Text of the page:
How Smart Should Artificial Intelligences Get?

In an article in Space Daily, Kevin LaGrandeur, professor at New York Institute of Technology, speculates on the need to rein in the development of artificial intelligences:

As reported in The New York Times in 2009, a group of computer scientists from around the world met to discuss whether restrictions should be made on development of Artificial Intelligence. Their worry was that human control over AI could soon be compromised, given the acceleration of its capability to operate independently.

Their concerns were, in part, driven by the fact that the most rapid advances in AI are being made by the military in the form of automated weapons, such as Predator drones.

Even optimists in the technology community do not deny the possibility that our machinery may overtake us; many of them, such as Ray Kurzweil, Rodney Brooks, and Kevin Warwick, simply think that we won't mind being eclipsed by our digital servants because we will have already incorporated so much of them into our lives.

So would limits on the development of AI help mitigate the dangers of our ingenious devices? Probably not. Rogue groups and nations would just find detours around any roadblocks that a regulatory body may try to set up.

But there are alternative forms of regulation that may work. Scientists and governmental bodies could develop protocols for the way AI is built and tested, guidelines for the kinds of fail-safe controls built into AI, conventions for testing it. And, most importantly, governments could devote more money to research into non-military forms of AI, so that benevolent advances could balance out the more dangerous ones.

SF writers have been exploring the idea of limits on artificial intelligences for decades. In his 1985 novel Neuromancer, William Gibson created the idea of "Turing registry agents" that checked up on AI developments like Wintermute:

"How smart's an AI, case?"

"Depends. Some aren't much smarter than dogs. Pets. Cost a fortune anyway. The real smart ones are as smart as the Turing heat lets them get..."

"...but the minute, I mean the nanosecond, one starts figuring out ways to make itself smarter, Turing'll wipe it. Nobody trusts [them]..."

LaGrandeur's latest book, Androids and Intelligent Networks in Early Modern Literature and Culture, will come out later this year.

Via Space Daily.

Scroll down for more stories in the same category. (Story submitted 9/1/2012)

Follow this kind of news @Technovelgy.

| Email | RSS | Blog It | Stumble | del.icio.us | Digg | Reddit |

Would you like to contribute a story tip? It's easy:
Get the URL of the story, and the related sf author, and add it here.

Comment/Join discussion ( 0 )

Related News Stories - (" Artificial Intelligence ")

Datagrid Model Generation Perfect For Eternal Cities Of Science Fiction
'... there was enough flexibility to allow for wide variation. - Arthur C. Clarke, 1956.

Amazon Echo And Google Home Should Have Morality Software
'The Dwoskin Morality Rating-Computer could 'spot the slightest tendency to deviation' from the social norm...' - Kendall Foster Crossen, 1953.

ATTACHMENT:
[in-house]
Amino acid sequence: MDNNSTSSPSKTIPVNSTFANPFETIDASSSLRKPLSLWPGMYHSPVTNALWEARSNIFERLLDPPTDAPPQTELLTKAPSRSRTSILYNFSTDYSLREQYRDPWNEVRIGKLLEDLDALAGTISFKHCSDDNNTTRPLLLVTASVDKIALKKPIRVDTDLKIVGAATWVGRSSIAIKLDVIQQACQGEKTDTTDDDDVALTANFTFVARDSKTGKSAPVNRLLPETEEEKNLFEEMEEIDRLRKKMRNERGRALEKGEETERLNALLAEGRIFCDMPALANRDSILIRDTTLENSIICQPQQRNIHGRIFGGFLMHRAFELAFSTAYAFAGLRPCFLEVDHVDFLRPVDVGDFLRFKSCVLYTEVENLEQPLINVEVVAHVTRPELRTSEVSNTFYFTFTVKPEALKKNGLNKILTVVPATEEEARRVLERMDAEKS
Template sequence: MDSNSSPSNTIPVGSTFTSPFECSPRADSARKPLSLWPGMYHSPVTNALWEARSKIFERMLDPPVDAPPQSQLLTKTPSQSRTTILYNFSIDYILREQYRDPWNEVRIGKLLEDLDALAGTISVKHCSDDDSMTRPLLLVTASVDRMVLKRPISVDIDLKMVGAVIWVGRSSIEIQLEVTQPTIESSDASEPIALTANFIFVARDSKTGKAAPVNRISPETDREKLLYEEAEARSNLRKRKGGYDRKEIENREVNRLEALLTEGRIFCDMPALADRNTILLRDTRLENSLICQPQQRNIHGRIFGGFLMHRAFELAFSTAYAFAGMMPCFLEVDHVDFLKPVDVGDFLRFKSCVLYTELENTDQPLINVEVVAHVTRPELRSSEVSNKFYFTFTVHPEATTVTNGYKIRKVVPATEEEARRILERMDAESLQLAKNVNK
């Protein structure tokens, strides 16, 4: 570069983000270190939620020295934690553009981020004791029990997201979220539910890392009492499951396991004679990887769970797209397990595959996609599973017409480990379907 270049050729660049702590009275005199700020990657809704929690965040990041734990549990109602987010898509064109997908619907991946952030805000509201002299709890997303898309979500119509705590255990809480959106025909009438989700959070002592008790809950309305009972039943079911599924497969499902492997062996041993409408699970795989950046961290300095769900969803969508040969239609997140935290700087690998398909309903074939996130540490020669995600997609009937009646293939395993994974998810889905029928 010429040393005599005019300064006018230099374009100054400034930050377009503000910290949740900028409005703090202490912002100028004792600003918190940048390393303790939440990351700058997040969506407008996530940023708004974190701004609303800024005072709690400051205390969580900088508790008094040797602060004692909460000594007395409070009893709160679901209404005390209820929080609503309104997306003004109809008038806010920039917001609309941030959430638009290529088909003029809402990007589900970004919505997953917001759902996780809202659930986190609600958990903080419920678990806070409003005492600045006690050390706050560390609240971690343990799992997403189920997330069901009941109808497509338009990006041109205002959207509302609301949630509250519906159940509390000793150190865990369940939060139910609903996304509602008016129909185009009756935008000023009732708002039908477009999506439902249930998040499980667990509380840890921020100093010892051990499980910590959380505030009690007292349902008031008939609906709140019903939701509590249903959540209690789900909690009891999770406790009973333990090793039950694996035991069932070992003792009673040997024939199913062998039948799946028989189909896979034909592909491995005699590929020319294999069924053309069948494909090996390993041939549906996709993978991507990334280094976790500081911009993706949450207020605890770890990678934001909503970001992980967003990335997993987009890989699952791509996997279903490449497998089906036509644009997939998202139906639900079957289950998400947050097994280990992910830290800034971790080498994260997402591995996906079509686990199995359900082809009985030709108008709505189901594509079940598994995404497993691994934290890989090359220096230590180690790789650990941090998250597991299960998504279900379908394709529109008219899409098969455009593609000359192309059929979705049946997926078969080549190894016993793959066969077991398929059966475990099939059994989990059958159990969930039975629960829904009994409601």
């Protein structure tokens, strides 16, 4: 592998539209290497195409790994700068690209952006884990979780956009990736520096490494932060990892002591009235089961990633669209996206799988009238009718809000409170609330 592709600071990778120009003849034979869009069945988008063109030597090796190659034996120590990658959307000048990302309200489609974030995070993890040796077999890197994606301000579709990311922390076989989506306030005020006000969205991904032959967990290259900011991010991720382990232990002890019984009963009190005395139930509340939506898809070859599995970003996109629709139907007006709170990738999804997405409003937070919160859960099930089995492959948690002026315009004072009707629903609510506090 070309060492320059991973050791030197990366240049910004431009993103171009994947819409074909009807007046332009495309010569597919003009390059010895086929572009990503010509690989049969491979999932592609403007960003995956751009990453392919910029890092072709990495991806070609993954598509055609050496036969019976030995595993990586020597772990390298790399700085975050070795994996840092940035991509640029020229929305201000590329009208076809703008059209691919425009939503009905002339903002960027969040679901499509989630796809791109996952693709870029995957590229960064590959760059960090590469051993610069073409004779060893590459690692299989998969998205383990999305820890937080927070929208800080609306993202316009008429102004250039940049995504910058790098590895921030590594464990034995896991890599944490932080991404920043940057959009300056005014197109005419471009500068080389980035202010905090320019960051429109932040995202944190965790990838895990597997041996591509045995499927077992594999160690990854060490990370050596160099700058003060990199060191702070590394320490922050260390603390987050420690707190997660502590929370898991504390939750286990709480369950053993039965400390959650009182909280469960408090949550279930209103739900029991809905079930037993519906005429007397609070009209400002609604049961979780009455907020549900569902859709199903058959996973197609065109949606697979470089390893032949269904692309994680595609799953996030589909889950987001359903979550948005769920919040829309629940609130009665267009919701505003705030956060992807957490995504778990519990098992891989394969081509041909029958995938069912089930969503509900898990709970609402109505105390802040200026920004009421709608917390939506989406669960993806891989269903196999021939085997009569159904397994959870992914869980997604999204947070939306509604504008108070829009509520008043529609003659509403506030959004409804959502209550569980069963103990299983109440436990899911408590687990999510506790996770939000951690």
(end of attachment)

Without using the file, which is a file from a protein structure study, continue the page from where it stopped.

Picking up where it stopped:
Deepfakes From OpenAI GPT-2 Algorithm
'How can you compete with an IBM heavy-duty logomatic analogue?' - JG Ballard, 1971.

Fishy Facial Recognition Now Possible
'Palenkis can identify random line patterns better than any other species in the universe.' - Frank Herbert, 1969.

 

Google
  Web TechNovelgy.com   

Technovelgy (that's tech-novel-gee!) is devoted to the creative science inventions and ideas of sf authors. Look for the Invention Category that interests you, the Glossary, the Invention Timeline, or see what's New.

 

 

 

 

 

Current News

Skin Electronics Can Show Electrocardiogram
'... the young men in the streets who applied polyimde OLED body film to their bared shoulders.'

Chinese Fern Helps Remediate Arsenic Soil
'Bioengeering had put out a spec report on the long crawly things five months back.'

Skai Air Taxi Costs The Same As Uber
'The air-taxi found its way past and around other ground-cars...'

Neurodevices For Consumers? Neuroethicists (And Philip K Dick) Say 'Caveat Emptor'
'They tried to use it today and it wouldn't work. No colors and no ceph patterns, neither one...'

NASA 3D Printed Habitat Challenge Won By AI SpaceFactory
3D printing - on Mars!

The Future Of Elon Musk's Neuralink
'Cerebral Electromagnetic Emmission Amplification and Relay System call it artificial telepathy, if you like.'

Researchers Make You Say Anything in Videos
'[It] caused his televised image... to mouth the vowels and consonants beautifully.'

Jeff Bezos Tries Waldoes (Robotic Hands)
'Waldo put his arms into the primary pair before him...'

Asimov and Musk - Boring Company Tunnel vs. Street Race
'There was almost no sound, just a steady velvety whirr as the taxi sped along.'

Project Dylan - Amazon's Voice-Activated Wearable That Recognizes Human Emotions
Life imitates anime art.

Tesla Diagnoses Itself, Sends Part Request
'Tentacles emerged from the side of the machine and felt puzzledly at the damaged area.'

Lilium Electric Air Taxi Prototype
'The air-taxi found its way past and around other ground-cars...'

Swedes Premiere T-Pod Driverless Electric Truck
'the trucks gulped packages and scurried like beetles...'

HEL TVD Laser System To Be Built By Dynetics Lockheed Martin
'Forthwith flashes of actual flame, a bright glare leaping from one to another, sprang from the scattered group of men.'

Alcarelle Synthetic Alcohol Like Star Trek Synthehol
Bottoms up!

Datagrid Model Generation Perfect For Eternal Cities Of Science Fiction
'... there was enough flexibility to allow for wide variation.

More SF in the News Stories

More Beyond Technovelgy science news stories

Home | Glossary | Invention Timeline | Category | New | Contact Us | FAQ | Advertise |
Technovelgy.com - where science meets fiction™

Copyright© Technovelgy LLC; all rights reserved.